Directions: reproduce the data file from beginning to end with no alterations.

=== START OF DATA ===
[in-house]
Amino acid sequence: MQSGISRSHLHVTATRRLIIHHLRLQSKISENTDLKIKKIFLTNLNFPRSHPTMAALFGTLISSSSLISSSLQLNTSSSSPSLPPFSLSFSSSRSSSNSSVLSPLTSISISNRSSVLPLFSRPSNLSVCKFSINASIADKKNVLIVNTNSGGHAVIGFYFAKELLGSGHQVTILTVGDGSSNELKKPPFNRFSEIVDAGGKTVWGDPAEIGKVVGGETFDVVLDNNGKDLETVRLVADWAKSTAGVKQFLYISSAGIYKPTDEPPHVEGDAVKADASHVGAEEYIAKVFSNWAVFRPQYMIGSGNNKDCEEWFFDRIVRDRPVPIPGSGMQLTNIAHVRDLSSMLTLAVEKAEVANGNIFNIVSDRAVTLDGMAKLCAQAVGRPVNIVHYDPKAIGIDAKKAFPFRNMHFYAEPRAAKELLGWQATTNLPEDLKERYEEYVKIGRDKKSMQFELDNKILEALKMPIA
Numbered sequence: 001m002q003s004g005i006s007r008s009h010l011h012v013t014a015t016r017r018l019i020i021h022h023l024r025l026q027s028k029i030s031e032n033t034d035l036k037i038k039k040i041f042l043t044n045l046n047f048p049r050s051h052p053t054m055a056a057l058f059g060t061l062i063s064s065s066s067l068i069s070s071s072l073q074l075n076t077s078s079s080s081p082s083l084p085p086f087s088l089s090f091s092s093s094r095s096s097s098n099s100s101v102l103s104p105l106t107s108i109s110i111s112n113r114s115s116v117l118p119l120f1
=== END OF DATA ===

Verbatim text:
[in-house]
Amino acid sequence: MQSGISRSHLHVTATRRLIIHHLRLQSKISENTDLKIKKIFLTNLNFPRSHPTMAALFGTLISSSSLISSSLQLNTSSSSPSLPPFSLSFSSSRSSSNSSVLSPLTSISISNRSSVLPLFSRPSNLSVCKFSINASIADKKNVLIVNTNSGGHAVIGFYFAKELLGSGHQVTILTVGDGSSNELKKPPFNRFSEIVDAGGKTVWGDPAEIGKVVGGETFDVVLDNNGKDLETVRLVADWAKSTAGVKQFLYISSAGIYKPTDEPPHVEGDAVKADASHVGAEEYIAKVFSNWAVFRPQYMIGSGNNKDCEEWFFDRIVRDRPVPIPGSGMQLTNIAHVRDLSSMLTLAVEKAEVANGNIFNIVSDRAVTLDGMAKLCAQAVGRPVNIVHYDPKAIGIDAKKAFPFRNMHFYAEPRAAKELLGWQATTNLPEDLKERYEEYVKIGRDKKSMQFELDNKILEALKMPIA
Numbered sequence: 001m002q003s004g005i006s007r008s009h010l011h012v013t014a015t016r017r018l019i020i021h022h023l024r025l026q027s028k029i030s031e032n033t034d035l036k037i038k039k040i041f042l043t044n045l046n047f048p049r050s051h052p053t054m055a056a057l058f059g060t061l062i063s064s065s066s067l068i069s070s071s072l073q074l075n076t077s078s079s080s081p082s083l084p085p086f087s088l089s090f091s092s093s094r095s096s097s098n099s100s101v102l103s104p105l106t107s108i109s110i111s112n113r114s115s116v117l118p119l120f1